March 5, 1928.
In Error to the District Court of the United States for the District of Arizona; F.C. Jacobs, Judge.
Action by Sidney B. Sligh against the United States. Judgment for plaintiff, and defendant brings error. Reversed and remanded.
John B. Wright, U.S. Atty., of Tucson, Ariz., and George R. Hill and G. Guy Axline, Asst. U.S. Attys., both of Phœnix, Ariz., and William Wolff Smith, C.L. Dawson, and Randolph C. Shaw, all of Washington, D.C., for the United States.
F.C. Struckmeyer, I.A. Jennings, and C.L. Strouss, all of Phœnix, Ariz., for defendant in error.
Loy J. Molumby, of Great Falls, Mont., W.G. Beardslee, of Seattle, Wash., and Alvin Gerlack, of San Francisco, Cal., amici curiæ.
Before GILBERT, RUDKIN, and DIETRICH, Circuit Judges.
This was an action on a war risk insurance policy in the sum of $10,000, payable in case of death or total permanent disability, in monthly installments of $57.50 each. The monthly installments accruing on and after April 26, 1920, have already been paid, so that the recovery here sought is for the monthly installments accruing between December 4, 1918, the date of alleged total permanent disability, and April 26, 1920. One of the defenses interposed was the statute of limitations of the state of Arizona, which provides that there shall be commenced and prosecuted within four years after the cause of action shall have accrued, and not thereafter, actions upon a judgment or decree of any court rendered without the state, or upon an instrument in writing executed without the state. Rev. St. Ariz. (Civ. Code 1913) par. 713. The court below found specially that the policy was not made or executed in the state of Arizona, that the present action was not commenced until March 9, 1925, that the defendant had pleaded the statute of limitations of the state, and that more than four years had elapsed after the accrual of the cause of action set forth in the complaint and before the commencement of the action. Notwithstanding this finding, judgment was given for the plaintiff. On this record two questions are presented for consideration: First, is the statute of limitations of the state of Arizona applicable? and, second, if applicable, is the cause of action barred?
The parties concede that there is no federal statute of limitations applicable to this class of cases, and, if there is any limitation at all, it must be therefore found in the laws of the forum. The rule, of course, is well settled that statutes of limitation do not run against the government, unless expressly named therein; but it seems to be equally well settled that the government, when sued with its consent, may claim the benefit of such statutes, whether expressly named therein or not. "Statutes of limitation may, according to the general rule, be pleaded for the benefit of the state or government, when sued with its consent in its own courts, although it is not expressly named in the statutes, and although, where it is a plaintiff, its prerogative of sovereignty protects it from the use of such a plea against it." 37 C.J. 714; Stanley v. Schwalby, 147 U.S. 508, 13 S. Ct. 418, 37 L. Ed. 259; State v. Ralston, 182 Ind. 150, 105 N.E. 54; McRae v. Auditor General, 146 Mich. 594, 109 N.W. 1122, 10 Ann. Cas. 594; Cowles v. State, 115 N.C. 173, 20 S.E. 384; Baxter v. State, 10 Wis. 454. In the Stanley v. Schwalby Case, 85 Tex. 348, 19 S.W. 264, the Supreme Court of Texas denied the benefit of the state statute of limitations to the United States, but in Stanley v. Schwalby, supra, the judgment was reversed on writ of error; the court saying: "It is obvious that the ground of the exemption of governments from statutory bars or the consequences of laches has no existence in the instance of individuals, and we think the proposition cannot be maintained that because a government is not bound by statutes of limitation therefore the citizen cannot be bound as between himself and the government." See, also, People of Porto Rico v. Emmanuel, 235 U.S. 251, 35 S. Ct. 33, 59 L. Ed. 215.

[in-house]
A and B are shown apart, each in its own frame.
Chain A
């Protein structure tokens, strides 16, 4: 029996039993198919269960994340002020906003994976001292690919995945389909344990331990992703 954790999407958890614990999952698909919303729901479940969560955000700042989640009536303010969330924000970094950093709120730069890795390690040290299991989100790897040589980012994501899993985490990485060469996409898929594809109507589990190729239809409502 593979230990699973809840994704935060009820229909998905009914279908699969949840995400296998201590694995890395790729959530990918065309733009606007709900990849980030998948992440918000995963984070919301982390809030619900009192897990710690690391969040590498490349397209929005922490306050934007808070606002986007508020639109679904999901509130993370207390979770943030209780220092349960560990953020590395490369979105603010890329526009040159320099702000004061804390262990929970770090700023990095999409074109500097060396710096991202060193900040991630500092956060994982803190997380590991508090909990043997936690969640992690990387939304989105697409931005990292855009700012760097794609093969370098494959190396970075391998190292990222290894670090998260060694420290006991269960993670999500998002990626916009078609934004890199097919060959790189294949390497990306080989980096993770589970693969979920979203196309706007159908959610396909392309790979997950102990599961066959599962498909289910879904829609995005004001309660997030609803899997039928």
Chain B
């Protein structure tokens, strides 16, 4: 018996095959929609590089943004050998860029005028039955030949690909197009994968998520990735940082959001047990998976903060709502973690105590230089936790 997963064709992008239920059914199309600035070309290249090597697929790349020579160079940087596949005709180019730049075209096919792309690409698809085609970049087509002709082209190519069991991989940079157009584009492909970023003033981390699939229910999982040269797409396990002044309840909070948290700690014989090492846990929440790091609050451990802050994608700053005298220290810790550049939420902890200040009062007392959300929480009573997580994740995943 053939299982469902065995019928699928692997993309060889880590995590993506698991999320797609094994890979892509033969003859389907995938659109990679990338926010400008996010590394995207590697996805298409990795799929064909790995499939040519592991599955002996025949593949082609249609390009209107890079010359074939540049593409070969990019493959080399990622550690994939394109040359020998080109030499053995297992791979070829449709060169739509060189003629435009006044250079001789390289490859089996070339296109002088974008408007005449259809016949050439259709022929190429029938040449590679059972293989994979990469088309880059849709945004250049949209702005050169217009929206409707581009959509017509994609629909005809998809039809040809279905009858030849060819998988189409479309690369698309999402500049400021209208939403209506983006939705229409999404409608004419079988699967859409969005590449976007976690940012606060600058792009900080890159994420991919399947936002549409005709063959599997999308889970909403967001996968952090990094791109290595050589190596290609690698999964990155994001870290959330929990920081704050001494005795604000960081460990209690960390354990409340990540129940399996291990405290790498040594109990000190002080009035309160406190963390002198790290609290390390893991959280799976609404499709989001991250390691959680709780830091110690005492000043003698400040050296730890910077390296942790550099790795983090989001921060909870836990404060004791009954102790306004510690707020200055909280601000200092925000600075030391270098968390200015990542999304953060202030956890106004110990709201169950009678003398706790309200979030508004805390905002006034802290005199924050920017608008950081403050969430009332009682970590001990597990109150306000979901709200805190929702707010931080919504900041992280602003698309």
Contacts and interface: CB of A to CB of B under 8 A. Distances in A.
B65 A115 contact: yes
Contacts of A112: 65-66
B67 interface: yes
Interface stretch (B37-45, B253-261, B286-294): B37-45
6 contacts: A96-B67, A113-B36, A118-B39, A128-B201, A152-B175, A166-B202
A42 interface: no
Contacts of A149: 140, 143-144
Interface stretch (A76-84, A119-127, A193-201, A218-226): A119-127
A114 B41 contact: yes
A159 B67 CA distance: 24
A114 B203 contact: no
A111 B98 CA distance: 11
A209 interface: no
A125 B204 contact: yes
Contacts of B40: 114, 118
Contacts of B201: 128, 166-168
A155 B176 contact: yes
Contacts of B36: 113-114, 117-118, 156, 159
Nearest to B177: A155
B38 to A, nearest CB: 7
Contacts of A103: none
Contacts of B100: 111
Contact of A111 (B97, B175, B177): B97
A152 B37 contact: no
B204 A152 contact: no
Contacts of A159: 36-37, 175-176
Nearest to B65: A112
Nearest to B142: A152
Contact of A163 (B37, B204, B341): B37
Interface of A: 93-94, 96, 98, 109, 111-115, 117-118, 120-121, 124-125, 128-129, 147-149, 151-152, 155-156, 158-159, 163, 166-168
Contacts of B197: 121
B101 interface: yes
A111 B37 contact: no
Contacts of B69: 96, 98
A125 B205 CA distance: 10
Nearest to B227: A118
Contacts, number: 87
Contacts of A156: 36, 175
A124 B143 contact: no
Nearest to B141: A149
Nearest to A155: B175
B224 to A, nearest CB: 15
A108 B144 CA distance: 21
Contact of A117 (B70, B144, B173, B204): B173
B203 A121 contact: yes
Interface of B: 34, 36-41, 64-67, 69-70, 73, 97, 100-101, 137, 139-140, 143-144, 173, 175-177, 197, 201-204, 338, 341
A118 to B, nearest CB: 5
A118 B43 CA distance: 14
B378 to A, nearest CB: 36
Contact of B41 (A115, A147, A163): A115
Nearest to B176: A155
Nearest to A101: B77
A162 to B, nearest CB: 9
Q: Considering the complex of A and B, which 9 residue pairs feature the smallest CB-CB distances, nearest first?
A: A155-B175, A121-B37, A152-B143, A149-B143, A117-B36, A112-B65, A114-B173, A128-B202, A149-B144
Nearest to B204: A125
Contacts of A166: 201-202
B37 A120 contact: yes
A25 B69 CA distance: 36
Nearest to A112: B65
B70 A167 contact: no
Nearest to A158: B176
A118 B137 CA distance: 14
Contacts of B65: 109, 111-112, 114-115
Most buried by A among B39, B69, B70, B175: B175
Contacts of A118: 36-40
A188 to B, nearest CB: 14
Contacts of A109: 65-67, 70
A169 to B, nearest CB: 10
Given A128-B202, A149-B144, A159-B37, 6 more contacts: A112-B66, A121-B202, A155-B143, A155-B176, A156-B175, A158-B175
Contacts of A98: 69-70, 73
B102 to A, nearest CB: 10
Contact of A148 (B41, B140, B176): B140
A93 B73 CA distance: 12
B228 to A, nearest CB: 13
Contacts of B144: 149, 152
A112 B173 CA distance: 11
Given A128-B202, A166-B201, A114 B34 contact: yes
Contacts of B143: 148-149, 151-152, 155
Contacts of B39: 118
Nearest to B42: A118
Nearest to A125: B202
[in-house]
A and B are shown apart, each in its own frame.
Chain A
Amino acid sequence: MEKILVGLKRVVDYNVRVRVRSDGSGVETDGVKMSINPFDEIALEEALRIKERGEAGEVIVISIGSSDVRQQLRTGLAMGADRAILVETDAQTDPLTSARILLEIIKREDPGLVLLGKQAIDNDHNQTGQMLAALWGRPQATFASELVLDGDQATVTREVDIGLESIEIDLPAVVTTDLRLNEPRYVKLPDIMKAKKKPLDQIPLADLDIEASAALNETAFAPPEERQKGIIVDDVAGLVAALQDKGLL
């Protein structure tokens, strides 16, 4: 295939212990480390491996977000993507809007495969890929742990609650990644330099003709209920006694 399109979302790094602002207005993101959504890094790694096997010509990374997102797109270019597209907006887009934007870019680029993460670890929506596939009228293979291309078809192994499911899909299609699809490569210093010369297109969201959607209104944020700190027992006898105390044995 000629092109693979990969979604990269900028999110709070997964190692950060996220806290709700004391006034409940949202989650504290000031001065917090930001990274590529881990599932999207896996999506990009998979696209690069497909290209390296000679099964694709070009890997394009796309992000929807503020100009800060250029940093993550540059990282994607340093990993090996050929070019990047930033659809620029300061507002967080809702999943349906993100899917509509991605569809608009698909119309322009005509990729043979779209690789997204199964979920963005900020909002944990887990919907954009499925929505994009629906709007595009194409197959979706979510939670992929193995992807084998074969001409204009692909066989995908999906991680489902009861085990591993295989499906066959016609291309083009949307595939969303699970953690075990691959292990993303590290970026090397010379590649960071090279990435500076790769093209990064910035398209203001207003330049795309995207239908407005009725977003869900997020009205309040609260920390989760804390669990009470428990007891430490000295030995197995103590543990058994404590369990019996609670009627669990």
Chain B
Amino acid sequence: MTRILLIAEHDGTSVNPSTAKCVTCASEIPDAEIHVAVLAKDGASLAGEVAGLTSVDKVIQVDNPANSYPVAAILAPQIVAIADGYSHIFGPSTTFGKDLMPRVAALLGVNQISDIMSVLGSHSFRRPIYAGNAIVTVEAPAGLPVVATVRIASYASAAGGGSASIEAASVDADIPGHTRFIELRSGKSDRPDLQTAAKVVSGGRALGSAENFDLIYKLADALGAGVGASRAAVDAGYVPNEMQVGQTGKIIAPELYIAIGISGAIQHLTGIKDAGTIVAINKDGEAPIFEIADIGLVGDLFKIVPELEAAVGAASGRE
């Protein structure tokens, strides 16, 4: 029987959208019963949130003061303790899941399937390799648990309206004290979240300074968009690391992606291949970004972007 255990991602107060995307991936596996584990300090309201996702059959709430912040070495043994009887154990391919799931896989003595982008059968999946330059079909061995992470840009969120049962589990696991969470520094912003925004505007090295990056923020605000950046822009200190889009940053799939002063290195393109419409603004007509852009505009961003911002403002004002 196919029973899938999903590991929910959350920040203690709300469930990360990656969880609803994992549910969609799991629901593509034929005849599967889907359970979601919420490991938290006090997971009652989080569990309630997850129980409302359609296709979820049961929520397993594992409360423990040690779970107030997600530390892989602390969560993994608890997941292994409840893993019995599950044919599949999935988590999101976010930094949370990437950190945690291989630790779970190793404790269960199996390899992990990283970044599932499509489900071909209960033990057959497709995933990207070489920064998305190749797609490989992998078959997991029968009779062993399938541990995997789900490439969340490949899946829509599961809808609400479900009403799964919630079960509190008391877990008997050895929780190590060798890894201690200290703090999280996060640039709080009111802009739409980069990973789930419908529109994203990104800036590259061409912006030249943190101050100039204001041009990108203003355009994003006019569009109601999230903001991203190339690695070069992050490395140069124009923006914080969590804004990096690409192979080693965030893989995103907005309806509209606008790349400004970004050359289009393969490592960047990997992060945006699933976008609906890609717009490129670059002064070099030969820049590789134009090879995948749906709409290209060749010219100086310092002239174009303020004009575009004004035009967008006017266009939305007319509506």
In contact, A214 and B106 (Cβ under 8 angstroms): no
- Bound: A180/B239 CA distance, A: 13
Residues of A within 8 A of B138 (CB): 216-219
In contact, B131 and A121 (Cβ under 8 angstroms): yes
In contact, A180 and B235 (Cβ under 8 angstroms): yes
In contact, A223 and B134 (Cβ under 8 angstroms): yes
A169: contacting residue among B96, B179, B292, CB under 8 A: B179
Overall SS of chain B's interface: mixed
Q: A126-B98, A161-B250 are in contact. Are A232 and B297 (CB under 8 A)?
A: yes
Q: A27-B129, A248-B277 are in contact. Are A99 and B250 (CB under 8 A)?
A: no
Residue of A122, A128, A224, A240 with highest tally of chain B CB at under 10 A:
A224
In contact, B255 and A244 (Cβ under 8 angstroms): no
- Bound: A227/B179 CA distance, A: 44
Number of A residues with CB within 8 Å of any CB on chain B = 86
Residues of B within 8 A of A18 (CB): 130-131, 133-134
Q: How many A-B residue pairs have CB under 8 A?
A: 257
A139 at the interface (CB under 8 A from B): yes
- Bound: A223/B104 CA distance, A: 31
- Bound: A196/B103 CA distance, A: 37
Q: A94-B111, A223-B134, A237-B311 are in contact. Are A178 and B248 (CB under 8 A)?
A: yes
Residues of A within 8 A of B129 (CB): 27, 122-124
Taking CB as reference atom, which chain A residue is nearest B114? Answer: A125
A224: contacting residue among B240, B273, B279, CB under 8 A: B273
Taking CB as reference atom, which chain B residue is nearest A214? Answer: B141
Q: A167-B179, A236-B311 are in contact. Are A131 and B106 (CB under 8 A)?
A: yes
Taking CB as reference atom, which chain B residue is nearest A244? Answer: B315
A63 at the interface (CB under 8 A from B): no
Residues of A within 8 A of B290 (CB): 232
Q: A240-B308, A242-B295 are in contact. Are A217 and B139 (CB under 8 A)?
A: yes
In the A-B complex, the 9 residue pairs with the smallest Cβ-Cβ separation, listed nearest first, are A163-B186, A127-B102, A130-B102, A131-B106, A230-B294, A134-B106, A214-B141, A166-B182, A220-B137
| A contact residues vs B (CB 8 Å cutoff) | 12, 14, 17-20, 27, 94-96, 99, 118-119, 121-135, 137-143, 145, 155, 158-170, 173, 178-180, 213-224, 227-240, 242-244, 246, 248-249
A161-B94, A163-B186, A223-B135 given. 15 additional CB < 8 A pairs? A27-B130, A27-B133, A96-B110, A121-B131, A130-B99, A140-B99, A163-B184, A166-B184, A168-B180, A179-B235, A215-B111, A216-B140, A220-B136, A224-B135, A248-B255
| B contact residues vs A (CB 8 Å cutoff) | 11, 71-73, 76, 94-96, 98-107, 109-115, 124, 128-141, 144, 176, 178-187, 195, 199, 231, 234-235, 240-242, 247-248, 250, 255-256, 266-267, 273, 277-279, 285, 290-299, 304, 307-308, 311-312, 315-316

The statute of limitations has long since ceased to be looked upon as an unconscionable defense. A century ago Mr. Justice Story said:
"It has often been matter of regret, in modern times, that, in the construction of the statute of limitations, the decisions had not proceeded upon principles better adapted to carry into effect the real objects of the statute; that, instead of being viewed in an unfavorable light, as an unjust and discreditable defense, it had received such support as would have made it, what it was intended to be, emphatically a statute of repose. It is a wise and beneficial law, not designed merely to raise a presumption of payment of a just debt, from lapse of time, but to afford security against stale demands, after the true state of the transaction may have been forgotten, or be incapable of explanation, by reason of the death or removal of witnesses. It has a manifest tendency to produce speedy settlements of accounts, and to suppress those perjuries which may rise up at a distance of time, and baffle every honest effort to counteract or overcome them." Bell v. Morrison, 1 Pet. 351, 359, 7 L. Ed. 174.